Double Signature. A dialogue between design and artisanal excellence

Pepa Reverter
Luigi Bertolin of Ceramiche Artistiche 3B

Pepa Reverter calls her ceramic sculpture Woman in Love. It is a stacked four-piece totem designed to be turned on a potter’s wheel. Each interlocking piece can be used as a bowl or cache-pot. For Mario Bertolin, the sculpture posed no particular difficulties.
“As a ceramicist, you never stop learning,” he says.
“Every year, you become more expert. You find new and better ways of doing things; you find new systems and new types of clay. Although the work is strictly manual, I constantly seek ways to improve my technique. It gives me great satisfaction to make a living doing something I love.” Reverter is very pleased with the results. 

“I believe that new technologies are important and interesting – the development of 3D-printed products is brutal and unstoppable and will become increasingly common – but I also believe that we must preserve the wisdom of the great masters in contemporary design and make them a greater presence,” she says. “Bertolin is an authentic craftsman who works the pieces by hand, one by one. He is able to produce large sizes, and has an artist’s capacity to do everything he does. He is a great teacher, and easily executes the perfection of shapes and measures of clay elements. He has a special symbiosis with clay.” Since Reverter also paints and draws, she begins her design work with a sketch, which then becomes a painting, and then a sculptural three-dimensional object. She wants her design to be optimistic, looking toward a better future. “In Western societies, a cradle of great cultures and art, we should give good examples” she says.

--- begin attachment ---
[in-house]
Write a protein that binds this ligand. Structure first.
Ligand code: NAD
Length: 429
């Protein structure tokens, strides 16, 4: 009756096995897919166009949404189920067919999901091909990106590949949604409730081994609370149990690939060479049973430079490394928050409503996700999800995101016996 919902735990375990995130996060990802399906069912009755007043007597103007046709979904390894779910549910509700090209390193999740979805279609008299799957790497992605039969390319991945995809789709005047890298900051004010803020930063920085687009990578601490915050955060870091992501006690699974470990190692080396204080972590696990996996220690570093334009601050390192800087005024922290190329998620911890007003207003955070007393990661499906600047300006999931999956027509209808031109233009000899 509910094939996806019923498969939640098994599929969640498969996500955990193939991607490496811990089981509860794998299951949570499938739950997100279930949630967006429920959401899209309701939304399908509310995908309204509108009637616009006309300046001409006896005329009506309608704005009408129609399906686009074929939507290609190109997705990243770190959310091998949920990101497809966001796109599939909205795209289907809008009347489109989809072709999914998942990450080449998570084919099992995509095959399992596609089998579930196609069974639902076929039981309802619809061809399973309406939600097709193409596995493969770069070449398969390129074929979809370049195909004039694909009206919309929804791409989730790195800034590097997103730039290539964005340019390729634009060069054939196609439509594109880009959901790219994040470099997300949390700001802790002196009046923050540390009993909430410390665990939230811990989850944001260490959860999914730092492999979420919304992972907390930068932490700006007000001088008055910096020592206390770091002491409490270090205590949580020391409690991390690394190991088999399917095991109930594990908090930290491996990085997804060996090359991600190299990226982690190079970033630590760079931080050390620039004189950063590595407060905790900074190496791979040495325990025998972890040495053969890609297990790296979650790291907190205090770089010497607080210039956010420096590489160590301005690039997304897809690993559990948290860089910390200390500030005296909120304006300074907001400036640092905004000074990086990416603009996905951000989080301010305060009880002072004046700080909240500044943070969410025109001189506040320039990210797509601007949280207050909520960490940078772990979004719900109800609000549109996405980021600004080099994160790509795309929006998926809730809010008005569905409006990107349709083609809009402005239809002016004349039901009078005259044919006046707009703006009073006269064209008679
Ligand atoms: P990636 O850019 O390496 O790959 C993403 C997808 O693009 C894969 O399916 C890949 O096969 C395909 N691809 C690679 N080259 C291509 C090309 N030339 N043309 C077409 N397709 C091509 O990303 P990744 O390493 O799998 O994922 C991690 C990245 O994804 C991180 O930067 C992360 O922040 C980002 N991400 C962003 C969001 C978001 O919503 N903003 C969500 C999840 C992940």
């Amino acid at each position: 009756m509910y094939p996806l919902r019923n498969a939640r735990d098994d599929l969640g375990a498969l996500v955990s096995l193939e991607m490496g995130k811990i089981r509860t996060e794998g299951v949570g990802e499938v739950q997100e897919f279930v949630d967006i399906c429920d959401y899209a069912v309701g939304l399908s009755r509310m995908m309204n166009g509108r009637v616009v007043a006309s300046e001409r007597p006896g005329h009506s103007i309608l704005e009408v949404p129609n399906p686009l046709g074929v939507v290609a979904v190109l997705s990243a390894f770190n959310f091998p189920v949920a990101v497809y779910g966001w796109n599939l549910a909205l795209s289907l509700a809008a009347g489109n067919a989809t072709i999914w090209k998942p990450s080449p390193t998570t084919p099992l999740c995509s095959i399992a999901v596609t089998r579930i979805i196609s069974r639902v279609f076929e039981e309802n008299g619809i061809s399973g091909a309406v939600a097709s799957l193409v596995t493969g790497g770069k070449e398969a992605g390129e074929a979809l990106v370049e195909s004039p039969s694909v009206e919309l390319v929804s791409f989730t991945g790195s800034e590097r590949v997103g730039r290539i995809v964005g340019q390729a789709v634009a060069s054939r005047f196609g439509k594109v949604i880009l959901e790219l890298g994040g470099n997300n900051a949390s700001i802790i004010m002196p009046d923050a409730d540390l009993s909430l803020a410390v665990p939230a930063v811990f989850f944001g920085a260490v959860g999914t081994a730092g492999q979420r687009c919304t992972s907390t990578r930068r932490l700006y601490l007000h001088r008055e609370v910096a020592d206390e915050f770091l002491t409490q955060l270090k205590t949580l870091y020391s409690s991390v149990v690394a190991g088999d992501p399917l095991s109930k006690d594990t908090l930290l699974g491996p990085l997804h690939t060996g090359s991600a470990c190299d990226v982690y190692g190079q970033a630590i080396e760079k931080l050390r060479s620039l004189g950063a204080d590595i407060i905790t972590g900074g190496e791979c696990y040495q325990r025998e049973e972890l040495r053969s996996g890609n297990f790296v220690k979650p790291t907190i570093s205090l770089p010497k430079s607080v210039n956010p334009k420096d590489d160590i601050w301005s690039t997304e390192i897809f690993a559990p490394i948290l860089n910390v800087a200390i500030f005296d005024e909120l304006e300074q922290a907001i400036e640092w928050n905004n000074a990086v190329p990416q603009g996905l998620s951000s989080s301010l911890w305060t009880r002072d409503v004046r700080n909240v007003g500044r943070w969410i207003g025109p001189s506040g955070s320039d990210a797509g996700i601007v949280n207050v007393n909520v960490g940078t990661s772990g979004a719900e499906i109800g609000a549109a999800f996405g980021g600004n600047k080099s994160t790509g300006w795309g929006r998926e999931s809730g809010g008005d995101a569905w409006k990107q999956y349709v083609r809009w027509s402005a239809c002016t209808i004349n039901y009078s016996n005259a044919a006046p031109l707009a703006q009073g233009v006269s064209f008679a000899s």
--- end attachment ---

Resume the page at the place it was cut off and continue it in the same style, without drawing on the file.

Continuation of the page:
Pepa Reverter
Pepa Reverter has been living in Barcelona for 20 years, the city where she graduated in printmaking from Escola Llotja, took a bachelor of sculpture in fine arts and a master’s degree in video and TV production at the Universitat Politècnica. Here she has a Studio in Poblenou, the art district, in an old textile factory. She likes to be connected with the world, so she travels a lot. She says it is the best way to understand how globalisation affects us socially, culturally and economically. She loves working with clay, and she enjoyed working with Mario Bartolin very much. Reverter designed the Sisters Collection of female heads in ceramics for the Italian company Bosa, and works with BD Barcelona.
Mario Bertolin
The master ceramicist Mario Bertolin began learning the family craft of pottery at age 13. His grandfather and father worked clay with machines, whereas he has been working strictly with his hands for 40 years now. Ceramiche Artistiche 3B was cofounded by Mario, his brother Luigi and his uncle Severino in 1978. Now that his uncle and brother are retired, he continues on his own. Bertolin specialises in the turning of unglazed, fired biscotto (biscuit earthenware) objects on a potter’s wheel; glazing and colouring are tended to by others. Bertolin much enjoys being a ceramicist and takes great pride in creating special pieces – he often works with designers, artists and art galleries of renown.


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